Sure they get it cheaper - they may be the ones making and selling to Esslinger with a good margin - by the way the $45.95 E101 includes the 295-51 cell.
 

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Discussion Starter · #9 ·
^^ This ^^. Have you ever priced car parts? To build your car from OEM parts would easily cost five to ten times what a dealer sells a whole car for new, and that's not including labor. The volume price of a regular Miyota 2135 or Seiko PC32A is a couple of dollars at most. I doubt the regular, three-hand, Eco Drive calibers, cost Citizen more than $10-$15 each, maybe less.
I don't know the wholesale prices or manufacturer cost so I am comparing the retail ratio here for this analysis. In your car analogy how much is engine cost compared to chassis or body cost. Many parts are outsourced and many are in house. If it is cheaper to make it themselves they make it themselves. Some of the new watch movements have many more complications and features - they are produced on a board much like computer chips or cell phones. The cost per complication comes down dramatically as the price for the watch rises. Also automation now plays a larger part. They don'y have the labor costs of hand assembled mechanical movements. They don't need the jewels to get long life out of quartz movements. So quartz to mechanical parts is somewhat apples to oranges but the ratios of movement cost to assembled cost might be interesting to find out, if they can be accurately determined. Swatch has a completely machine assembled 51 movement they sell at relatively high prices that probably costs them pennies to make although there was high development costs no doubt. Engineering and design costs on affordable watches are made back over time and volume and cross platform use. Car manufacturers are using world design platform to increase profits. Timex uses the same movement in a wide range of styles and colors so the ratio there may be lower.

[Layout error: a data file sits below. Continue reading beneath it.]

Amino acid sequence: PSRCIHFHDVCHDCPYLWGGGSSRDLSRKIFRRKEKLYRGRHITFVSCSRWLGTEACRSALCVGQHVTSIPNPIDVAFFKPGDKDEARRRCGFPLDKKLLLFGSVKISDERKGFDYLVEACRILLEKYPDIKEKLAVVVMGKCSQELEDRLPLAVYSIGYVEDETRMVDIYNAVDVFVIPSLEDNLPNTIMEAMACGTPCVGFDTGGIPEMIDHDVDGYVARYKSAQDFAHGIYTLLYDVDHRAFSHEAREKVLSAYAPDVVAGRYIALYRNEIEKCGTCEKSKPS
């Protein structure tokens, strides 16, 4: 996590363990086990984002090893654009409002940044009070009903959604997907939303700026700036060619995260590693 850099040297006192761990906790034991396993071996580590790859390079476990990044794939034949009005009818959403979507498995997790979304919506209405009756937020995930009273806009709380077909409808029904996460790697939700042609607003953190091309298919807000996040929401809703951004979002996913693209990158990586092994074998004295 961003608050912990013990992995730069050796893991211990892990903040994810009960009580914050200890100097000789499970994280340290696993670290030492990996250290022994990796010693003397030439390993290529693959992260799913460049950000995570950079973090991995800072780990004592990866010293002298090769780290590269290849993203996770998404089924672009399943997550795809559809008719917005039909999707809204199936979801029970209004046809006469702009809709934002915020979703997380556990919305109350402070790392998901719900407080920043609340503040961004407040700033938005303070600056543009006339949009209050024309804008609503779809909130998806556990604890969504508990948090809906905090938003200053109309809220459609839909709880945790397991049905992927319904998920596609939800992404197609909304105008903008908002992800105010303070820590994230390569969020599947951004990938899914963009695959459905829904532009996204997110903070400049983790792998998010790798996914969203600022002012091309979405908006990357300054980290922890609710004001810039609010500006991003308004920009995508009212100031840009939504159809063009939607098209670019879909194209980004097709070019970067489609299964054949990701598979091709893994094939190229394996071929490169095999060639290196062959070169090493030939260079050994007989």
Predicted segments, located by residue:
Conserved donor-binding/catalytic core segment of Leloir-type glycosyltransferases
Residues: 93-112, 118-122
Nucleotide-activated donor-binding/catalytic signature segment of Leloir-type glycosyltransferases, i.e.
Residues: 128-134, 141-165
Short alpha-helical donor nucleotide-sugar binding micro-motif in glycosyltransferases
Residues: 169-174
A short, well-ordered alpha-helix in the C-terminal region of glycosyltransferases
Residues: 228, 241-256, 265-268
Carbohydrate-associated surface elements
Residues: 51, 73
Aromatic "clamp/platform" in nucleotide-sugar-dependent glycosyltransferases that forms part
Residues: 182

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With the exception of determining the floor for a retail price, I sincerely doubt that the component costs of the watch play heavily into the calculated retail, meaning there is no particular multiple of costs. It's a purely capitalistic market where the retail is what the consumer is willing to pay. I'd bet the retails of the perceived competition for a particular watch play much more heavily in determining a retail price as opposed to the cost of the movement.